The third paragraph should announce your contribution. "In this paper, I will argue that..." Notice that "supporting or elaborating" this claim, which is about your paper not your theory, does not yet require you to argue your position. You only have to describe a paper that would make such a contribution. And that means you will essentially be outlining your paper. Now, you have already introduced the historical background in paragraph 1, which will have space to talk about in part two of the paper, so you don't have say anything more here. Also, in the second paragraph you have introduced the current state of the theory, which you will elaborate in greater detail the third part of the paper. What is left is to say something about how the theoretical problem you are interested in arose and why you are the right person to deal with it, to outline your analysis a little more, and to tell us why it is important, i.e., to summarize your discussion. That is, the conclusion ends with an outline of parts 4, 5 and 6 of the paper.
Part 4 takes the place of the methods section of a standard empirical paper. In a sense, you are still saying what you did, but it is perhaps more accurate to say that you are explaining what happened to you to force you into a theoretical reflection. It may simply be a development within your field (someone else's or your own empirical results, published elsewhere) or it may be an "event" like the publication of a correspondence or a translation of a previously untranslated work by a major theorist. World events, too, may be relevant here. After 1989 and 2001 there were all kinds of reasons to "rethink" the theories that framed work in a whole range social sciences. Since you're saying how the problem arose, you will also need to say what materials came into view: what texts have you read and how have you read them?
Part 5 will present your argument in detail. It's a good idea to divide the argument into sub-theses each of which can be demonstrated separately. Two to four sections of three to six paragraphs gives you some manageable space to work with here. Finally, part 6 will cash out your analysis in consequences, usually for theory, though sometimes for practice. (You might want to emphasize the important political consequences of your line of thinking.) An important class of "theoretical" implications here is "method". If you're right that we have to see the world in a new way (a theory is always a way of seeing the world) then perhaps we will have to do things differently too?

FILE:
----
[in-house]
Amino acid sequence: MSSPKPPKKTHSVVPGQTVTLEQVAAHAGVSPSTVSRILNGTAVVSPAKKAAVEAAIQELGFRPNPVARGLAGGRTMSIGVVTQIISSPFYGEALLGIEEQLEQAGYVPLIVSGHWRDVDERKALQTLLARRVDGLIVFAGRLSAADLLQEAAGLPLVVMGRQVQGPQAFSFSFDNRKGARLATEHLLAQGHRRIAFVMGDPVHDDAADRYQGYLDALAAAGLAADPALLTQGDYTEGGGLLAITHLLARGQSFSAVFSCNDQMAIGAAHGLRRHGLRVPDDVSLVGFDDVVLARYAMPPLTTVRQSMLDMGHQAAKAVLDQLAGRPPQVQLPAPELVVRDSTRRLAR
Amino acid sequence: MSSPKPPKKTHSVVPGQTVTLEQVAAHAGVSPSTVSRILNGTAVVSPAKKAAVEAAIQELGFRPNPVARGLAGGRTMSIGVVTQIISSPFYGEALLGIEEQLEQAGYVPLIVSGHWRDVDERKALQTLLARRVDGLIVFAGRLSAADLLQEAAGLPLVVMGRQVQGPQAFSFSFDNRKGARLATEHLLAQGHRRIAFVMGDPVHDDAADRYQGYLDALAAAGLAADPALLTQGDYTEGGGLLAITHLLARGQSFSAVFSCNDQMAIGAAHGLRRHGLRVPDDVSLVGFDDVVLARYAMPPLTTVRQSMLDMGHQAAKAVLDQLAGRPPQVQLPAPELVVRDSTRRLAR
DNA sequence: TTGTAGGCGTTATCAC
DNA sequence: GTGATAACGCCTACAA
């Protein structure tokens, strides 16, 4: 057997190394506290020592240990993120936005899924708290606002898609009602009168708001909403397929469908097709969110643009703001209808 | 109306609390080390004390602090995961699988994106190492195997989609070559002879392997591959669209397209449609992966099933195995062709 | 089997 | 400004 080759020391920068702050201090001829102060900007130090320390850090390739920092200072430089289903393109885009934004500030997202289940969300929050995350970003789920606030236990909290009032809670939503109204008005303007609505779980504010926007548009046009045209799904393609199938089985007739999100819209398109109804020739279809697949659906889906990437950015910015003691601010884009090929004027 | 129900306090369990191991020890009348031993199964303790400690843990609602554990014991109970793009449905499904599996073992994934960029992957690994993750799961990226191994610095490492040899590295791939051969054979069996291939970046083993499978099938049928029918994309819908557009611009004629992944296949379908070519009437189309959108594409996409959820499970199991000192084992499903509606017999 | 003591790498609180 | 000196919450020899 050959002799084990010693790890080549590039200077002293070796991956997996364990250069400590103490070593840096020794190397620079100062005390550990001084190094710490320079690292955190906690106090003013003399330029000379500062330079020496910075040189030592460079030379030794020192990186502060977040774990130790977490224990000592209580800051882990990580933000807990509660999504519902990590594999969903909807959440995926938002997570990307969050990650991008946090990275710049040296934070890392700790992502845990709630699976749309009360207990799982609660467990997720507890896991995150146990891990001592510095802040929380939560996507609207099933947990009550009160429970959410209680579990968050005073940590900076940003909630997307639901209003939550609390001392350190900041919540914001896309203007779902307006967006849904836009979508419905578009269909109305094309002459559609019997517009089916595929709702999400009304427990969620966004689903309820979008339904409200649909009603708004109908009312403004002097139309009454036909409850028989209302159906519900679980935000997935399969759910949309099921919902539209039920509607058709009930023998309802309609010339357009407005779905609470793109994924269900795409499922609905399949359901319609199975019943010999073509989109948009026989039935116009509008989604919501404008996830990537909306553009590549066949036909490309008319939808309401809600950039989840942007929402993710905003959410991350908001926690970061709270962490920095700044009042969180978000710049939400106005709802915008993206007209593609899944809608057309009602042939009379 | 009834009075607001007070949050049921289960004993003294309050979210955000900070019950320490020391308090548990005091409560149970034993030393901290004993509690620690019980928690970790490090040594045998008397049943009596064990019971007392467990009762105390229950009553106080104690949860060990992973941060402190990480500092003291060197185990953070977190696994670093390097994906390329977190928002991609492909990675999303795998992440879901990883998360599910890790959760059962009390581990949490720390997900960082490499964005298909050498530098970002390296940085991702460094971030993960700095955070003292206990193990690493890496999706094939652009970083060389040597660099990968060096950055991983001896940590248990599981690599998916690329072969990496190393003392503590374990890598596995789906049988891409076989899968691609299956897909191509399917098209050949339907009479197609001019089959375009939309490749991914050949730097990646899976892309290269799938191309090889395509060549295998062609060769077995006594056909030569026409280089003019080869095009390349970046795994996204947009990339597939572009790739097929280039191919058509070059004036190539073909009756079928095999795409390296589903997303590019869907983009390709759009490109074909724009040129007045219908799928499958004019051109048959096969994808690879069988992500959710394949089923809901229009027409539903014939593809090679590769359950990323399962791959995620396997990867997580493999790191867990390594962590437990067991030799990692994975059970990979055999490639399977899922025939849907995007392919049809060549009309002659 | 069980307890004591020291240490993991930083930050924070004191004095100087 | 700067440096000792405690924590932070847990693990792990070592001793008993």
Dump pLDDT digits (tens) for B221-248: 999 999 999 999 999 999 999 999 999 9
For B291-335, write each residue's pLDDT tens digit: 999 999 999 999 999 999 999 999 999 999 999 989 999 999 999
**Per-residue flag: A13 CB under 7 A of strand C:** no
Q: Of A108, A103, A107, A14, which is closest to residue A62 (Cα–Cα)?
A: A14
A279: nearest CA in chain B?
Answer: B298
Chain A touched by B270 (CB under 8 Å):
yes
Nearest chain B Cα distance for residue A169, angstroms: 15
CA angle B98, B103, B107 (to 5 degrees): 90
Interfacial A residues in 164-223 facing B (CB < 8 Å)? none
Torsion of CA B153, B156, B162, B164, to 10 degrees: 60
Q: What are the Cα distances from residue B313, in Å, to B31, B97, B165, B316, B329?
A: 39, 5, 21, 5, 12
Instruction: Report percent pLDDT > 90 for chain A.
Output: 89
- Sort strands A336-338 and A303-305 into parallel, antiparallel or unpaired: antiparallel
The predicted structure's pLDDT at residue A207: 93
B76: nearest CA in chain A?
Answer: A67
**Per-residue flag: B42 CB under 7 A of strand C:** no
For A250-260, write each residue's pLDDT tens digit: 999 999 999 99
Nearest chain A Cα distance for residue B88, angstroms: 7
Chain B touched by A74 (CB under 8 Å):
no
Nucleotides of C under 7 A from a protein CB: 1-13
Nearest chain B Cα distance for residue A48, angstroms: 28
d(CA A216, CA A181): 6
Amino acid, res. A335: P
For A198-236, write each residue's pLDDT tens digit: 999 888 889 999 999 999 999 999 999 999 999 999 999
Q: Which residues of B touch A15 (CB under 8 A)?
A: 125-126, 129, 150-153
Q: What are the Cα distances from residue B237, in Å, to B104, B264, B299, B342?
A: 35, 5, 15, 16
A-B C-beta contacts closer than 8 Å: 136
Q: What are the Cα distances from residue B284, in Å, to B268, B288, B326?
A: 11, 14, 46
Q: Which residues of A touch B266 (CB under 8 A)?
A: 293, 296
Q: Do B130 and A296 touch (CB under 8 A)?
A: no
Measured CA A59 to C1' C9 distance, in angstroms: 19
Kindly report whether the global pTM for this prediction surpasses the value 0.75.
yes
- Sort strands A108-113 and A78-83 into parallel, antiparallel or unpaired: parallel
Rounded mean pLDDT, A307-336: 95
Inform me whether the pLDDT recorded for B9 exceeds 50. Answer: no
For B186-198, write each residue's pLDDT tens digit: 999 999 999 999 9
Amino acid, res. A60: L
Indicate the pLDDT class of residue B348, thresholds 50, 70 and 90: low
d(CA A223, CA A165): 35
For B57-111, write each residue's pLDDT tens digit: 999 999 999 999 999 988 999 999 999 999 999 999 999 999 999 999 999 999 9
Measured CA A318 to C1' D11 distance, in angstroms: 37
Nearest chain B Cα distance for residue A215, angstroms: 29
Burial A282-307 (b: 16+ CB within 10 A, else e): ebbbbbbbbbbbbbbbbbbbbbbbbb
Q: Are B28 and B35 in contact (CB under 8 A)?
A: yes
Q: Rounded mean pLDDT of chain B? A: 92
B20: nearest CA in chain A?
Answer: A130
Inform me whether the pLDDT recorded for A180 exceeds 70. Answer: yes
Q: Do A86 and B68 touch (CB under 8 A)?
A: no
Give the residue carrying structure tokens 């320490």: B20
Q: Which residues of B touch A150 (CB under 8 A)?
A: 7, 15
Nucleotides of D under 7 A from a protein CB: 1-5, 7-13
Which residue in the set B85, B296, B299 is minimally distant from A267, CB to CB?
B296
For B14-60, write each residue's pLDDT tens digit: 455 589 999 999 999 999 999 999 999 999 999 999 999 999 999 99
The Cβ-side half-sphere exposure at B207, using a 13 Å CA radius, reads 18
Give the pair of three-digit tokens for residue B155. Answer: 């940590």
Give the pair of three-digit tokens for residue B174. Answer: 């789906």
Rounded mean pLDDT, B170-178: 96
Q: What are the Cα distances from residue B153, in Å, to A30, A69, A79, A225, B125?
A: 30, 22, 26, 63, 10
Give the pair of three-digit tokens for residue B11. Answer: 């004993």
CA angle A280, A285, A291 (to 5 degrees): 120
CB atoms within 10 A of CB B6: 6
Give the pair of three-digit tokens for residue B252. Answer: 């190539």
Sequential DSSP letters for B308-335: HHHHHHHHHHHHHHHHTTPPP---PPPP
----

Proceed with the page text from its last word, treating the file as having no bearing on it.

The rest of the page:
The conclusion should consist of two paragraphs, one of which states your conceptual argument in the strongest, simplest terms you can imagine. You may want to use the sentence that completes the key sentence of paragraph three (i.e., everything after "I will argue that") as a key sentence here. The last paragraph could suitably extend the history of the field that you presented in paragraph 1 and elaborated in part 2 by imagining a possible future.
I hope that's useful. Don't hesitate to add your own suggestions or questions in the comments.
Monday, November 03, 2014
I'm grateful to Jonathan for bringing The Universal Mind of Bill Evans to my attention. As I point out in the comments to Jonathan's post, the difference he demonstrates may not be apparent to everyone. If we had not been told, we might experience all three improvisations simply as much better than anything we're capable of ourselves. The same goes for writing. We're not always paying close enough attention to be precise. We "overwrite", let's say.
It's interesting to see Evans's brother Harry push back on the demand for simplicity and accuracy. "To thousands of musicians such as myself: we have to overplay," he says, "because we don't have time to even get to the keyboard to sustain the rudimentary thing." Maybe I'm projecting, but I can feel exasperation in Bill's response. He can only repeat himself: "It's better to do something simple which is real ... It's something you can build on because you know what you're doing." When people explain their faults by saying they don't have time to do it well, I get a little a sad. If we were half as "productive" in academia, half as "advanced", but twice as real and precise, we would be so much better off. We would, precisely, know what we're doing.